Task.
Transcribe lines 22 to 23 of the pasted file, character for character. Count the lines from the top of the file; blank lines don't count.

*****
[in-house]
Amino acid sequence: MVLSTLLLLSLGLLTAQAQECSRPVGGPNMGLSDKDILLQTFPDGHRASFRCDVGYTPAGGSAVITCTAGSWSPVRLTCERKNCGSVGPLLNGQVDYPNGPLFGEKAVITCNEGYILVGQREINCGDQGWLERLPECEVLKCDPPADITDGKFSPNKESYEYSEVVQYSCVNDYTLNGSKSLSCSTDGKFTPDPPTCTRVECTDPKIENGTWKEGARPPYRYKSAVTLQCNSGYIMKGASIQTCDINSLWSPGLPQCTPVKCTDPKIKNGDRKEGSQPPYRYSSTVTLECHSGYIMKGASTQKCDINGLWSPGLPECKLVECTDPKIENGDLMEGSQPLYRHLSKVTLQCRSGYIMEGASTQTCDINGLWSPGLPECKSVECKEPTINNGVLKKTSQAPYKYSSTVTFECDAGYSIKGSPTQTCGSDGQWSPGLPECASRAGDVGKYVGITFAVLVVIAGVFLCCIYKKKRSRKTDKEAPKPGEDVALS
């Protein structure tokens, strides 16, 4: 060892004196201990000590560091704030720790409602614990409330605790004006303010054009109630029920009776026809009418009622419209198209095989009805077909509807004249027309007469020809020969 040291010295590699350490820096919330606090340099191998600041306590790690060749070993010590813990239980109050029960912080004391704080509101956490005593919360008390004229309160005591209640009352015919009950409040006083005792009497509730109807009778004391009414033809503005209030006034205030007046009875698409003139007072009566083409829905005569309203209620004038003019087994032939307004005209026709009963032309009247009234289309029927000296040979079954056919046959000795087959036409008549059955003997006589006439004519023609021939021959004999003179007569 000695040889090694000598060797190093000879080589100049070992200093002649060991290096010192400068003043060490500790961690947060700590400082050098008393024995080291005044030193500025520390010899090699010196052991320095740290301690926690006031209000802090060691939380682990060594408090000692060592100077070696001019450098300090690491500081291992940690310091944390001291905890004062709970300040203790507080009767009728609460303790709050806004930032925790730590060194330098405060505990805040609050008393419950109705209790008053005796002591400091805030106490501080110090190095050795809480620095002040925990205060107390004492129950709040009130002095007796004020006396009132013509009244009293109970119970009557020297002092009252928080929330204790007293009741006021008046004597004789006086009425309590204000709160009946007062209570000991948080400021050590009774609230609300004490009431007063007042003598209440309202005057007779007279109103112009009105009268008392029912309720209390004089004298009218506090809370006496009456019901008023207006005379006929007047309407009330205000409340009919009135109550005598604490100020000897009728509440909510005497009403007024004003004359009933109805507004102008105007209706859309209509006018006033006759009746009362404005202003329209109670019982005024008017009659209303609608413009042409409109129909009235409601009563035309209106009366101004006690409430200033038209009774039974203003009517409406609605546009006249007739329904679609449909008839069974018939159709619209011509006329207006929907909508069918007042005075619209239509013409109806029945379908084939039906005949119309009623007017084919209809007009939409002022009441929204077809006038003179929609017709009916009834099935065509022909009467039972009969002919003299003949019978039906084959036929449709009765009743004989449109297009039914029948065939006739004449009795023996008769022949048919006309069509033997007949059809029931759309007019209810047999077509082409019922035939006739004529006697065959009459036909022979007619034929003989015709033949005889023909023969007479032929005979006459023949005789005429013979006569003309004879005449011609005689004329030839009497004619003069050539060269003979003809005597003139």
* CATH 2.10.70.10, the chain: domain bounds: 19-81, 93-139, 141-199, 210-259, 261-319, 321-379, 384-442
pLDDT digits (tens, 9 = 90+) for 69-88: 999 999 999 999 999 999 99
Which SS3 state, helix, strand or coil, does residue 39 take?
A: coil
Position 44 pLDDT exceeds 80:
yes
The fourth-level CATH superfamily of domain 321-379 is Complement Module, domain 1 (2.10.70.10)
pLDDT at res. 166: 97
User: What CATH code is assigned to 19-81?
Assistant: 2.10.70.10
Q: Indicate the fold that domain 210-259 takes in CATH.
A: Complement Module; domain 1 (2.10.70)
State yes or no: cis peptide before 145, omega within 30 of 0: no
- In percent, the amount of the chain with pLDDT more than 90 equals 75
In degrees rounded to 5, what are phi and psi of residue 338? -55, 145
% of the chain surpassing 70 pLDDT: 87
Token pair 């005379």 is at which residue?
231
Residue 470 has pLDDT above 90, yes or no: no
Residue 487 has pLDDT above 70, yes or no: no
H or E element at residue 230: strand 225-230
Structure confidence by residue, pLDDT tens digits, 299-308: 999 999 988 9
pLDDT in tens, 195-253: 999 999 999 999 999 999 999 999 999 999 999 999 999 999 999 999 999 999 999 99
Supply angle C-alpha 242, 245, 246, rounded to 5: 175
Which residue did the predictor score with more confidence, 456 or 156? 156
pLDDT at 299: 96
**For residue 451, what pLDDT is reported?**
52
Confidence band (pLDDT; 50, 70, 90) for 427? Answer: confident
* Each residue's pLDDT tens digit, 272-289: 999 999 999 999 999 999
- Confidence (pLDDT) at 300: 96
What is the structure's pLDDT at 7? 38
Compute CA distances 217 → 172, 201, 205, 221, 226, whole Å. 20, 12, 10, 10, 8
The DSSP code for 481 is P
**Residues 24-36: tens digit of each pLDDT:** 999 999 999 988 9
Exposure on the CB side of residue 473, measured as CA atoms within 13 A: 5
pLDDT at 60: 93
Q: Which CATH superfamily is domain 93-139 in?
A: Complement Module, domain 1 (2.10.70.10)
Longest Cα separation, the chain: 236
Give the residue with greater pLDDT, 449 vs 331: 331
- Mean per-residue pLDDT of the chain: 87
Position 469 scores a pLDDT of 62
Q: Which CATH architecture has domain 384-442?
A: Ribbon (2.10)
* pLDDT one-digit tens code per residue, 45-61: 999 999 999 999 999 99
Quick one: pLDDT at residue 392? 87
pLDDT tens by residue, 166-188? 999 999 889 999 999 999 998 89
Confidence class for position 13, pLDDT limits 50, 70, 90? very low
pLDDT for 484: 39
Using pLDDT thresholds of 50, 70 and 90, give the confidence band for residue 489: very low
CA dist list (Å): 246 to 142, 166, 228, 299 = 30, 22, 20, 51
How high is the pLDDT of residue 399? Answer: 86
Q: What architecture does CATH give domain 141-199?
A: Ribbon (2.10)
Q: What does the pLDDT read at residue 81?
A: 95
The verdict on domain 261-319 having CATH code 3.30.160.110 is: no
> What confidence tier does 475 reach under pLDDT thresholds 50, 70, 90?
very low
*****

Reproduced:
Residue 470 has pLDDT above 90, yes or no: no
Residue 487 has pLDDT above 70, yes or no: no